The Big Interview: Stanford's back on form and targeting glory at Tokyo 2020

NON Stanford has already made plenty of headlines in her triathlon career.

Non Stanford.
Non Stanford.

The Leeds star was crowned world champion in 2013 en route to her journey representing Team GB at the 2016 Rio Olympic Games.

The media then had another stellar story to get their teeth into come the 2016 event in South America when Stanford was pipped to a bronze medal by her former housemate Vicky Holland.

Stanford, then, will be well placed to stand on the other side of the camera after her triathlon career with the 29-year-old eventually hoping to work in the media.

Non Stanford.

After a frustrating 18 months with an Achilles injury, the athlete began to think that a post-triathlon career might be called upon sooner than envisaged.

But the Leeds ace’s first podium finish since 2016 has given her fresh hope for the future with the former world champion hoping to stay on the other side of the lens at least until the Tokyo 2020 Olympic Games.

Welsh athlete Stanford’s career hit new heights following her relocation to the British Triathlon base at Leeds at the turn of the decade after winning the ITU World Triathlon Series in London in 2013.

The athlete was then involved in an epic battle with Holland for the bronze medal at the Rio 2016 Olympic Games but the year ended in frustrating circumstances for Stanford who tore her Achilles.

Vicky Holland celebrates winning the elite women's race during the 2018 ITU World Triathlon Series Event in Leeds.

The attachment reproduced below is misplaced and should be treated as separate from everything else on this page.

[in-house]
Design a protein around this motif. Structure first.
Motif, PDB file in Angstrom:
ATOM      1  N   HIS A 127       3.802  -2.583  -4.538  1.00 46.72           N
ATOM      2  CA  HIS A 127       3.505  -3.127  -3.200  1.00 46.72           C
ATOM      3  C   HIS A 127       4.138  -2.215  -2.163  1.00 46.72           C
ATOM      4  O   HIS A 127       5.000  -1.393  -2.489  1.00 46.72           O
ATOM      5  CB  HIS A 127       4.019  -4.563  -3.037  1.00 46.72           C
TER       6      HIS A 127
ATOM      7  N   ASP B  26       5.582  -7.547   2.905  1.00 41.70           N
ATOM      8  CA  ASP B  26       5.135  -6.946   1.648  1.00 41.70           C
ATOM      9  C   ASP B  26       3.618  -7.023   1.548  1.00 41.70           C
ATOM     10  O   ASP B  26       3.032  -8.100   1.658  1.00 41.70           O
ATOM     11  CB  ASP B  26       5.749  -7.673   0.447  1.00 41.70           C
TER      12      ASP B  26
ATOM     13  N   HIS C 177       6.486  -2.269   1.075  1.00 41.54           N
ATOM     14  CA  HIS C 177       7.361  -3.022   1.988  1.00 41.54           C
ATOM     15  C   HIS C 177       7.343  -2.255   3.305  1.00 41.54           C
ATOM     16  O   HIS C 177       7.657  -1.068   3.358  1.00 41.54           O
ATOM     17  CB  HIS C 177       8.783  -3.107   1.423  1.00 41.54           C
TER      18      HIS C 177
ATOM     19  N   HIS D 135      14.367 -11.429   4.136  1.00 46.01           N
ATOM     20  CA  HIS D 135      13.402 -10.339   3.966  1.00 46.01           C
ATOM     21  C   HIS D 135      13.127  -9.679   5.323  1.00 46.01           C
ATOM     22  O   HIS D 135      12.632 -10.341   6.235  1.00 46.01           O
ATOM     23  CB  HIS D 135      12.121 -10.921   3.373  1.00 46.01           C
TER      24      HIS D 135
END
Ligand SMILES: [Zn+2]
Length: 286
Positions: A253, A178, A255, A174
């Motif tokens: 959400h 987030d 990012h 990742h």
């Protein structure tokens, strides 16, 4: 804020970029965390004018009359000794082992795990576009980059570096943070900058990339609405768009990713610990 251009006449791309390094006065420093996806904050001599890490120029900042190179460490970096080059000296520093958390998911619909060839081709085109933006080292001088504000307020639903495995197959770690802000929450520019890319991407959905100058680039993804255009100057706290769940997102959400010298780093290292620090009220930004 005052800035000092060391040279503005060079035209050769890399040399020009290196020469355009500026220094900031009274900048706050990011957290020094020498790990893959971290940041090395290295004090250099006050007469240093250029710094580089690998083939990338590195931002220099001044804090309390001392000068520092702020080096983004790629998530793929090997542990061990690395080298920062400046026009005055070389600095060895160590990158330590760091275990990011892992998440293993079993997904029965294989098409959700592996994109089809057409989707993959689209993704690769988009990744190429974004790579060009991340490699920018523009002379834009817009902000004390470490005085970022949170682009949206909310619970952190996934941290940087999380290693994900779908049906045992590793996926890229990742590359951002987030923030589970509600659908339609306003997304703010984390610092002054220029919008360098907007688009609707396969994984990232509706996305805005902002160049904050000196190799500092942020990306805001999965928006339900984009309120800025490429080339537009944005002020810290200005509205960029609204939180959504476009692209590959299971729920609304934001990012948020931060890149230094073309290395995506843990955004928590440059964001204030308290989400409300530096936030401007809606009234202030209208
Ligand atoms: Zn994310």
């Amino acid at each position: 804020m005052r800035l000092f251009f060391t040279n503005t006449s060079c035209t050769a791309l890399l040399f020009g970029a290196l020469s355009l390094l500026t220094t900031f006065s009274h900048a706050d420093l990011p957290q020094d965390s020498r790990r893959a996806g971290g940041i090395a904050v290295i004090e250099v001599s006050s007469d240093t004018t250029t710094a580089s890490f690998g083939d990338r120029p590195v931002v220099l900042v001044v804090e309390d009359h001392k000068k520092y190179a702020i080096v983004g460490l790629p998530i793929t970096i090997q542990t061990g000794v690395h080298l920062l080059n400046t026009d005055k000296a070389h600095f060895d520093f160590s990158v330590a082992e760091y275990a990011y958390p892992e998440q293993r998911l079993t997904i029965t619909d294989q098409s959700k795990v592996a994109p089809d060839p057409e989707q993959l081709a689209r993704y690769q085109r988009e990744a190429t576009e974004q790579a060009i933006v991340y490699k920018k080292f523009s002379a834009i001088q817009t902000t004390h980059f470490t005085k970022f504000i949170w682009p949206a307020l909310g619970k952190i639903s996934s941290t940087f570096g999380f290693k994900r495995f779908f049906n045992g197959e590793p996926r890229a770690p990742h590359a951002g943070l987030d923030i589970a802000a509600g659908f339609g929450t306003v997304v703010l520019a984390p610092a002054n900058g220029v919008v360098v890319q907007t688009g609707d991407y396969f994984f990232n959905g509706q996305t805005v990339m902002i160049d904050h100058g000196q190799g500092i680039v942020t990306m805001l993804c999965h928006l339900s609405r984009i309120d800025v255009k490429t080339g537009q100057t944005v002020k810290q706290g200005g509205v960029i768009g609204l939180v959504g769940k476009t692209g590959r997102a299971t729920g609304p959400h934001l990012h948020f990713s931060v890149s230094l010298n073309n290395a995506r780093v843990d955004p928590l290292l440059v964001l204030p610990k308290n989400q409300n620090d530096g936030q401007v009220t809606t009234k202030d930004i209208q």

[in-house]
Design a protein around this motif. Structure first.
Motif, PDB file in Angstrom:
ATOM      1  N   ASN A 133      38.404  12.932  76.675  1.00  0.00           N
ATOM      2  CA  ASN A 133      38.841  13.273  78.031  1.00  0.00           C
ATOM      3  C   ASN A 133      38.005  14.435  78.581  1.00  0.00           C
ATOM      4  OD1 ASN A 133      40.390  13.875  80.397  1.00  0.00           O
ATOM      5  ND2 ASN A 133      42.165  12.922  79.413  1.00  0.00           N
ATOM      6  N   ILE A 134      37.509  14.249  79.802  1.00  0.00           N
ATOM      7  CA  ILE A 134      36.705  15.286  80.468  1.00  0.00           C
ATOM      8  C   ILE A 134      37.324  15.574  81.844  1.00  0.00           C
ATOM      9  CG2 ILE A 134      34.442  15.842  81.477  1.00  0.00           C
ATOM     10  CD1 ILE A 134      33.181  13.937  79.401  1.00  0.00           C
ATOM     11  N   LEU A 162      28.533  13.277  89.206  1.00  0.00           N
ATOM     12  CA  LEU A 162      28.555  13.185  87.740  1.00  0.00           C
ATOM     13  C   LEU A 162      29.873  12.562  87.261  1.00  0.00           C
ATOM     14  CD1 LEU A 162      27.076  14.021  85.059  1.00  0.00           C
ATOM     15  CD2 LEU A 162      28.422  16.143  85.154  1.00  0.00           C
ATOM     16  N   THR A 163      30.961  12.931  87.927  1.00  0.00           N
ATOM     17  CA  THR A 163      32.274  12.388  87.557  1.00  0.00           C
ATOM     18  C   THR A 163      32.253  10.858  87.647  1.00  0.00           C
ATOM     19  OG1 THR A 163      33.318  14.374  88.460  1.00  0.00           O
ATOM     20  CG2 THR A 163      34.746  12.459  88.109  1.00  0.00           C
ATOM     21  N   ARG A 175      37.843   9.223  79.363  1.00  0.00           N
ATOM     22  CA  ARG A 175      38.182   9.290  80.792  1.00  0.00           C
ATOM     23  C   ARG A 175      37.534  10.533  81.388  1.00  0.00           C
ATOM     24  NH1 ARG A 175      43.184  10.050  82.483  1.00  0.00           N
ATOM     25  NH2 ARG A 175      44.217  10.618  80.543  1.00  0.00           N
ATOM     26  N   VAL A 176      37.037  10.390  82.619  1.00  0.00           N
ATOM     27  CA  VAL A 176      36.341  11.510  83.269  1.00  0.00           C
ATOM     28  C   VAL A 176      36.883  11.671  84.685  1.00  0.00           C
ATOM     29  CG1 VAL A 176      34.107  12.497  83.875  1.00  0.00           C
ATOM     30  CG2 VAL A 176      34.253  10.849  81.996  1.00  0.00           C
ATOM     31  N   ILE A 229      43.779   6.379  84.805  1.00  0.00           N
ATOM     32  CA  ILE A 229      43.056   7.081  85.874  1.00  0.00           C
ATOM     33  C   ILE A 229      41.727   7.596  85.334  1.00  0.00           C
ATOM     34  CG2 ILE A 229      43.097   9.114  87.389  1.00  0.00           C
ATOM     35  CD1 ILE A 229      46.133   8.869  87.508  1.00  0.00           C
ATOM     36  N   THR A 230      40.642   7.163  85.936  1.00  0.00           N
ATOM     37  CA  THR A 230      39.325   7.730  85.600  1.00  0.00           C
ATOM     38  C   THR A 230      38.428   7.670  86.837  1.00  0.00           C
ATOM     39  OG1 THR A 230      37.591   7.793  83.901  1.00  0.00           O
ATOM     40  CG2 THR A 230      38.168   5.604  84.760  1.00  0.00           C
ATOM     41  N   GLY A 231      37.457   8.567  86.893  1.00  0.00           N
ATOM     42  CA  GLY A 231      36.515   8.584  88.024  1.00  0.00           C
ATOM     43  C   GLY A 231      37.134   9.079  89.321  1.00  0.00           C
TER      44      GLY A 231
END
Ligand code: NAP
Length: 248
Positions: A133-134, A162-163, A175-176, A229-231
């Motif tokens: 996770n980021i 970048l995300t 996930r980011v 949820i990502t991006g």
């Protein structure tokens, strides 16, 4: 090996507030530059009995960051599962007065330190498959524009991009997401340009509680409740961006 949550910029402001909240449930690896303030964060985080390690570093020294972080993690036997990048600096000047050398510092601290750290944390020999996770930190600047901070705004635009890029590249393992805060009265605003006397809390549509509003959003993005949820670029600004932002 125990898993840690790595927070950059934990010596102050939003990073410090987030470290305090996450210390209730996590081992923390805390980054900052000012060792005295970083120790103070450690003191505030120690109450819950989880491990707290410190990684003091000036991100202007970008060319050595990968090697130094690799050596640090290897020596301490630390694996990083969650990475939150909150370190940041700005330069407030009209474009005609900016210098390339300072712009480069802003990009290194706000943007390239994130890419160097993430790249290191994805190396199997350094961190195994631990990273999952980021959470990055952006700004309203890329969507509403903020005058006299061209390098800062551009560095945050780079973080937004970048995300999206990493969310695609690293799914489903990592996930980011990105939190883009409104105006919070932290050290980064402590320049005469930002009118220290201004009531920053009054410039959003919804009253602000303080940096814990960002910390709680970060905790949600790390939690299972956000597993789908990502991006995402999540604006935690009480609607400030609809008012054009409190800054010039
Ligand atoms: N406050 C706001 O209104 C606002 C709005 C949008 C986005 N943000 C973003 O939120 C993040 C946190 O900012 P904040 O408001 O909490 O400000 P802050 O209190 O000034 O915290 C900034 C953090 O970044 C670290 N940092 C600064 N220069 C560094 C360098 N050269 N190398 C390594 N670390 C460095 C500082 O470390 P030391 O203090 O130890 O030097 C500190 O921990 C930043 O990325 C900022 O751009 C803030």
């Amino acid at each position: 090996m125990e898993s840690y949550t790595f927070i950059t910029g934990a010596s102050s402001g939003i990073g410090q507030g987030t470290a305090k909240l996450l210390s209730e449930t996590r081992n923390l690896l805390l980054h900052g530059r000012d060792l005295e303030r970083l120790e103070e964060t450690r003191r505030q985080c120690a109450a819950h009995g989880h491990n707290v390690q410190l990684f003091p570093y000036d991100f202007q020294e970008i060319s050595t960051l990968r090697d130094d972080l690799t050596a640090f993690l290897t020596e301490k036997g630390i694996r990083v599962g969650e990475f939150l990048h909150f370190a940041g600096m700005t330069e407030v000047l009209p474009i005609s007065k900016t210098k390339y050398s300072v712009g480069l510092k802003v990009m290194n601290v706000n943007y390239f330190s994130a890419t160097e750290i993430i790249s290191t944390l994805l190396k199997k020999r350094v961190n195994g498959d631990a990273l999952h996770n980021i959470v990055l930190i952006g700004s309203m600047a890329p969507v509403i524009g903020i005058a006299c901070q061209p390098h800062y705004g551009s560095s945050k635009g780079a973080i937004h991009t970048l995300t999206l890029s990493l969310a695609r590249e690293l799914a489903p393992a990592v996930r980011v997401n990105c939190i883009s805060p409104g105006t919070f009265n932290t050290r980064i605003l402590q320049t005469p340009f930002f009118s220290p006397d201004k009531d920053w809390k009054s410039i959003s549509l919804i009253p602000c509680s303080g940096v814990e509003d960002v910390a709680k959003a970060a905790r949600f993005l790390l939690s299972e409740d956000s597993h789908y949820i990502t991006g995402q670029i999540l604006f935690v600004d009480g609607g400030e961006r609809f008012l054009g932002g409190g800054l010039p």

The road back to full fitness has been a long and hard one, so much so that the former world champion considered applying for a different job but one that would keep her in the public eye.

Without a podium finish since 2016, an honest Stanford was seriously looking into applying for an internship with the BBC earlier on this year only to then burst back to form by finishing third in the ITU World Series leg in Yokohama in May. A media career remains the long-term plan but fuelled by a result that indicated Stanford could yet get back to her brilliant best, those journalism plans can now stay on hold.

Looking back on a frustrating last 18 months, Stanford admitted: “Any elite sport is tough when things aren’t going the way you want them to go and the way you plan.

“This is the way we earn our money so there’s a worry whether what you are doing is sustainable any more. I guess I started to think about what I would have to do with my career post-triathlon and I started to think that maybe after this year I would have to start looking into that a bit more.

Non Stanford.

“There was an internship with the BBC as a sports reporter so I was looking at that. I’ve never shied away from saying that was the avenue that I would like to go down after my time in triathlon.

“I have had quite a bit of experience of commentating and presenting with the BBC and if I can move into that area when I finish than that would be an ideal scenario.

“But generally I am very interested in journalism and media and it would be great to still be involved in the sport in some capacity I guess.